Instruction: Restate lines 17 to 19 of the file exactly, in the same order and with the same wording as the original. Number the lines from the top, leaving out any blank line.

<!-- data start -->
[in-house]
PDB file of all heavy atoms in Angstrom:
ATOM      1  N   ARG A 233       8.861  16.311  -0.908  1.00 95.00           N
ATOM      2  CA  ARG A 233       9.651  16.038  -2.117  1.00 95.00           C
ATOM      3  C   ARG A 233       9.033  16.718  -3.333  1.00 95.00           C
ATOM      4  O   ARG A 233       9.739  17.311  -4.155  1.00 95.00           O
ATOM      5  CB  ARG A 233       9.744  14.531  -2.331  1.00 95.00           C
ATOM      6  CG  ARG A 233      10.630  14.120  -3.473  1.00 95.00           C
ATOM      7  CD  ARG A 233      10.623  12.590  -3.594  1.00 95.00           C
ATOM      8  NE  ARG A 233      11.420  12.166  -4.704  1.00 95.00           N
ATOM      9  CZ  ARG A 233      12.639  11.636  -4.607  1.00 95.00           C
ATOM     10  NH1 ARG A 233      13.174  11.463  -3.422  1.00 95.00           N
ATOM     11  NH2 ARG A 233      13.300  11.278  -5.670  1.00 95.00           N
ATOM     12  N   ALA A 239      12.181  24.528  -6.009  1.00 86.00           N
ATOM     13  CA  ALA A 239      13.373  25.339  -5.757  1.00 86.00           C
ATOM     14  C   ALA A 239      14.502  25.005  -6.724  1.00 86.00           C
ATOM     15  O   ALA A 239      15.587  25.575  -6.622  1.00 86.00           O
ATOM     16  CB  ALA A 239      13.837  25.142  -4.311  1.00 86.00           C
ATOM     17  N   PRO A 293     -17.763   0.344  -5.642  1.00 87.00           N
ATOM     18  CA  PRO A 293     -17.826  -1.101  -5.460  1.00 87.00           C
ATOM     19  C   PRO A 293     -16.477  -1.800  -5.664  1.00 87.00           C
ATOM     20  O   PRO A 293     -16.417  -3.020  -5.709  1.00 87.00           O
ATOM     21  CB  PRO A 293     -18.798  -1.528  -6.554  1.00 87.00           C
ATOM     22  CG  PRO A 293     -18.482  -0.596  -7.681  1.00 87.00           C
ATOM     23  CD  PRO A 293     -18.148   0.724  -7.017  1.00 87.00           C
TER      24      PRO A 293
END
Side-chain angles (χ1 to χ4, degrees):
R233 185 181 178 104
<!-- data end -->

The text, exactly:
ATOM     15  O   ALA A 239      15.587  25.575  -6.622  1.00 86.00           O
ATOM     16  CB  ALA A 239      13.837  25.142  -4.311  1.00 86.00           C
ATOM     17  N   PRO A 293     -17.763   0.344  -5.642  1.00 87.00           N